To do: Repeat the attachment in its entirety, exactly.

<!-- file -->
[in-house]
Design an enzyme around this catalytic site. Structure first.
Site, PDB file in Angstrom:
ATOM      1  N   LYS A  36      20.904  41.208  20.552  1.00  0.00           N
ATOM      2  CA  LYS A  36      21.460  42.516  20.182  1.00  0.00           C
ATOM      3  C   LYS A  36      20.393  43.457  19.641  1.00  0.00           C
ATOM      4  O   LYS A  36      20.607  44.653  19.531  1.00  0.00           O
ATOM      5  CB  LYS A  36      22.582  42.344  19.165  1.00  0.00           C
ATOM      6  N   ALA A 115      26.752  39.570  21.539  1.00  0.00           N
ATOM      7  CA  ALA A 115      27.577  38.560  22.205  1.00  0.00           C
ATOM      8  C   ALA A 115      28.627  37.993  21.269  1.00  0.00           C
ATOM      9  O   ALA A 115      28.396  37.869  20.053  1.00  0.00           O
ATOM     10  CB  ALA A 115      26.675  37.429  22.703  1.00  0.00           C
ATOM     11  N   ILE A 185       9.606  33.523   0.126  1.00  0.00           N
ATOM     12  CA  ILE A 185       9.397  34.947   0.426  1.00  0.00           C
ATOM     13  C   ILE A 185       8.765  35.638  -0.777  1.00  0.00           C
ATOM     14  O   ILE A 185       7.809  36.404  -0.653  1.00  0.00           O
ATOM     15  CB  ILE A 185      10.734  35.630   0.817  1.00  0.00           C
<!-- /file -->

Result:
[in-house]
Design an enzyme around this catalytic site. Structure first.
Site, PDB file in Angstrom:
ATOM      1  N   LYS A  36      20.904  41.208  20.552  1.00  0.00           N
ATOM      2  CA  LYS A  36      21.460  42.516  20.182  1.00  0.00           C
ATOM      3  C   LYS A  36      20.393  43.457  19.641  1.00  0.00           C
ATOM      4  O   LYS A  36      20.607  44.653  19.531  1.00  0.00           O
ATOM      5  CB  LYS A  36      22.582  42.344  19.165  1.00  0.00           C
ATOM      6  N   ALA A 115      26.752  39.570  21.539  1.00  0.00           N
ATOM      7  CA  ALA A 115      27.577  38.560  22.205  1.00  0.00           C
ATOM      8  C   ALA A 115      28.627  37.993  21.269  1.00  0.00           C
ATOM      9  O   ALA A 115      28.396  37.869  20.053  1.00  0.00           O
ATOM     10  CB  ALA A 115      26.675  37.429  22.703  1.00  0.00           C
ATOM     11  N   ILE A 185       9.606  33.523   0.126  1.00  0.00           N
ATOM     12  CA  ILE A 185       9.397  34.947   0.426  1.00  0.00           C
ATOM     13  C   ILE A 185       8.765  35.638  -0.777  1.00  0.00           C
ATOM     14  O   ILE A 185       7.809  36.404  -0.653  1.00  0.00           O
ATOM     15  CB  ILE A 185      10.734  35.630   0.817  1.00  0.00           C